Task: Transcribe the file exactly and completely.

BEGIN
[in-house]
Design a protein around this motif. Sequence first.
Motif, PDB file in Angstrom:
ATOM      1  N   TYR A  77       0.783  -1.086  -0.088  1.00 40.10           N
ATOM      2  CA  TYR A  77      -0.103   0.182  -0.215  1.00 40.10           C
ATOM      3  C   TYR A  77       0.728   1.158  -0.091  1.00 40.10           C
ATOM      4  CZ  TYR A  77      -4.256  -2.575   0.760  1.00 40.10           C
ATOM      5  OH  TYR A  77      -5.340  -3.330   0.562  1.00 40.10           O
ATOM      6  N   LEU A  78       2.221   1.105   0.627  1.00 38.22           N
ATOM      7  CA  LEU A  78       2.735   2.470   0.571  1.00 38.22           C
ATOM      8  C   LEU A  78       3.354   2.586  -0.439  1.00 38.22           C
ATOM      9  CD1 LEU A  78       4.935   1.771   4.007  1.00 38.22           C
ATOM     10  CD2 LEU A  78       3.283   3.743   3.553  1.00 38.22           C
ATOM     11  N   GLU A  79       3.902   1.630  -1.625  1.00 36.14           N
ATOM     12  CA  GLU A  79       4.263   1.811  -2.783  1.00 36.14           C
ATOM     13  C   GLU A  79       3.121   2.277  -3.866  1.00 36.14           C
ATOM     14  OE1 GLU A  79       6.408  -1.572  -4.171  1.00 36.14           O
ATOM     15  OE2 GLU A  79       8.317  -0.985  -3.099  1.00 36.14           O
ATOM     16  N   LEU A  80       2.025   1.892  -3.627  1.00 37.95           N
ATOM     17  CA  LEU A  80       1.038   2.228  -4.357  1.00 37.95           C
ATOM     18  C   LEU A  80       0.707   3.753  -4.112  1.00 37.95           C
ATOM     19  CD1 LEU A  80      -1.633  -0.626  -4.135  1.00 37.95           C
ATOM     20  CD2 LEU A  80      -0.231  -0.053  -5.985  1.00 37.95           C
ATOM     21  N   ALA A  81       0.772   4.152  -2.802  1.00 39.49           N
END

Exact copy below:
[in-house]
Design a protein around this motif. Sequence first.
Motif, PDB file in Angstrom:
ATOM      1  N   TYR A  77       0.783  -1.086  -0.088  1.00 40.10           N
ATOM      2  CA  TYR A  77      -0.103   0.182  -0.215  1.00 40.10           C
ATOM      3  C   TYR A  77       0.728   1.158  -0.091  1.00 40.10           C
ATOM      4  CZ  TYR A  77      -4.256  -2.575   0.760  1.00 40.10           C
ATOM      5  OH  TYR A  77      -5.340  -3.330   0.562  1.00 40.10           O
ATOM      6  N   LEU A  78       2.221   1.105   0.627  1.00 38.22           N
ATOM      7  CA  LEU A  78       2.735   2.470   0.571  1.00 38.22           C
ATOM      8  C   LEU A  78       3.354   2.586  -0.439  1.00 38.22           C
ATOM      9  CD1 LEU A  78       4.935   1.771   4.007  1.00 38.22           C
ATOM     10  CD2 LEU A  78       3.283   3.743   3.553  1.00 38.22           C
ATOM     11  N   GLU A  79       3.902   1.630  -1.625  1.00 36.14           N
ATOM     12  CA  GLU A  79       4.263   1.811  -2.783  1.00 36.14           C
ATOM     13  C   GLU A  79       3.121   2.277  -3.866  1.00 36.14           C
ATOM     14  OE1 GLU A  79       6.408  -1.572  -4.171  1.00 36.14           O
ATOM     15  OE2 GLU A  79       8.317  -0.985  -3.099  1.00 36.14           O
ATOM     16  N   LEU A  80       2.025   1.892  -3.627  1.00 37.95           N
ATOM     17  CA  LEU A  80       1.038   2.228  -4.357  1.00 37.95           C
ATOM     18  C   LEU A  80       0.707   3.753  -4.112  1.00 37.95           C
ATOM     19  CD1 LEU A  80      -1.633  -0.626  -4.135  1.00 37.95           C
ATOM     20  CD2 LEU A  80      -0.231  -0.053  -5.985  1.00 37.95           C
ATOM     21  N   ALA A  81       0.772   4.152  -2.802  1.00 39.49           N